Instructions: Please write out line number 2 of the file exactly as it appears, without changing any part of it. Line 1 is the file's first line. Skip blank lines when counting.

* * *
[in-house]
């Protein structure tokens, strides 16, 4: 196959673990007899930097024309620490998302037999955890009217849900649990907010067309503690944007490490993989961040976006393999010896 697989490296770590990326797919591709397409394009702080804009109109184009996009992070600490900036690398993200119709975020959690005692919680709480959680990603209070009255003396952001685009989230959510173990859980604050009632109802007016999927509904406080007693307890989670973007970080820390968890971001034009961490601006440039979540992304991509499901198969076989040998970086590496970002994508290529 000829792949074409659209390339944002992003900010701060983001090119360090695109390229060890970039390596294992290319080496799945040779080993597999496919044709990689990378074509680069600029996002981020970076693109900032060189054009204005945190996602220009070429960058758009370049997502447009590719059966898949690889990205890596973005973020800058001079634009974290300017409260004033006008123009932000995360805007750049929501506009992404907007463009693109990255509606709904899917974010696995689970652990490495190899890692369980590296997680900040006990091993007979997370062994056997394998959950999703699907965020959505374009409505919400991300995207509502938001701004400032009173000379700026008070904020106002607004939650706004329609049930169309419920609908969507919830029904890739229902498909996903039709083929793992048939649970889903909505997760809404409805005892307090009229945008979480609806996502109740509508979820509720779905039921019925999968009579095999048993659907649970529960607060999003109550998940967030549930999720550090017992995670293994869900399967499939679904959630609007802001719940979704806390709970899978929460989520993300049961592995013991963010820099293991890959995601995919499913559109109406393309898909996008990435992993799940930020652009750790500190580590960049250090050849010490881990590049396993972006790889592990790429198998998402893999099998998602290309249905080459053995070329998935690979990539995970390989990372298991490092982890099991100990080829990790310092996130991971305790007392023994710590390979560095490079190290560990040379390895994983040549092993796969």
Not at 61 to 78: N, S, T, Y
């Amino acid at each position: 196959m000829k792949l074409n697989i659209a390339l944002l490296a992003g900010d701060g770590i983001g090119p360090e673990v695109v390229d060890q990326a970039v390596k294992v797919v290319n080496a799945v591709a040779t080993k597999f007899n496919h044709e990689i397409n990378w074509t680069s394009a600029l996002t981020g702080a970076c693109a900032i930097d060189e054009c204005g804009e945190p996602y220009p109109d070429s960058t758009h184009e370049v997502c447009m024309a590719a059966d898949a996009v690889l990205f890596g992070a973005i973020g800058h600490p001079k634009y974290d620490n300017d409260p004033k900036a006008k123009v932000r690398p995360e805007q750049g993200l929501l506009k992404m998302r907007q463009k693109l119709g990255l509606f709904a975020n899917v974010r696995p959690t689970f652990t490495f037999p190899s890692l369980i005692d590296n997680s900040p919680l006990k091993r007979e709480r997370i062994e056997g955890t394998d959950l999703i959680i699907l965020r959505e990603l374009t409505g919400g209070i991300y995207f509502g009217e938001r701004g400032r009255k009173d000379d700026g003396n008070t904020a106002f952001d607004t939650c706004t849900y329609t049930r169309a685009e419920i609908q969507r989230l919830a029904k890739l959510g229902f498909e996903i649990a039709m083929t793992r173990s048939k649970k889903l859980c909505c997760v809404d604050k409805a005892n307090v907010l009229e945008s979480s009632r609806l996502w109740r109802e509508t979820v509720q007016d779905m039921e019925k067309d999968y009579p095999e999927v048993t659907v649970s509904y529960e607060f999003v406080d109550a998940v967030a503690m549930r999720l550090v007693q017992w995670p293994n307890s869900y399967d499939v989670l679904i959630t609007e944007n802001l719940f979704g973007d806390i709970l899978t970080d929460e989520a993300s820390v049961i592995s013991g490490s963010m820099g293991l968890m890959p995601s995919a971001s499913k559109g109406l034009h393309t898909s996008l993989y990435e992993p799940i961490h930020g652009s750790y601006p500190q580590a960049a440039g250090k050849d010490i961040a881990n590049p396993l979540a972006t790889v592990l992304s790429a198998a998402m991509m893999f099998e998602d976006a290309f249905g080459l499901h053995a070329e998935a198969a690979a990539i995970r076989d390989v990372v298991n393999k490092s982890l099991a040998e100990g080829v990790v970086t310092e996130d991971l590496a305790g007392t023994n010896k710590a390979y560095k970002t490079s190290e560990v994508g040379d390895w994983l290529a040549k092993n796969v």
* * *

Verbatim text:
């Protein structure tokens, strides 16, 4: 196959673990007899930097024309620490998302037999955890009217849900649990907010067309503690944007490490993989961040976006393999010896 697989490296770590990326797919591709397409394009702080804009109109184009996009992070600490900036690398993200119709975020959690005692919680709480959680990603209070009255003396952001685009989230959510173990859980604050009632109802007016999927509904406080007693307890989670973007970080820390968890971001034009961490601006440039979540992304991509499901198969076989040998970086590496970002994508290529 000829792949074409659209390339944002992003900010701060983001090119360090695109390229060890970039390596294992290319080496799945040779080993597999496919044709990689990378074509680069600029996002981020970076693109900032060189054009204005945190996602220009070429960058758009370049997502447009590719059966898949690889990205890596973005973020800058001079634009974290300017409260004033006008123009932000995360805007750049929501506009992404907007463009693109990255509606709904899917974010696995689970652990490495190899890692369980590296997680900040006990091993007979997370062994056997394998959950999703699907965020959505374009409505919400991300995207509502938001701004400032009173000379700026008070904020106002607004939650706004329609049930169309419920609908969507919830029904890739229902498909996903039709083929793992048939649970889903909505997760809404409805005892307090009229945008979480609806996502109740509508979820509720779905039921019925999968009579095999048993659907649970529960607060999003109550998940967030549930999720550090017992995670293994869900399967499939679904959630609007802001719940979704806390709970899978929460989520993300049961592995013991963010820099293991890959995601995919499913559109109406393309898909996008990435992993799940930020652009750790500190580590960049250090050849010490881990590049396993972006790889592990790429198998998402893999099998998602290309249905080459053995070329998935690979990539995970390989990372298991490092982890099991100990080829990790310092996130991971305790007392023994710590390979560095490079190290560990040379390895994983040549092993796969």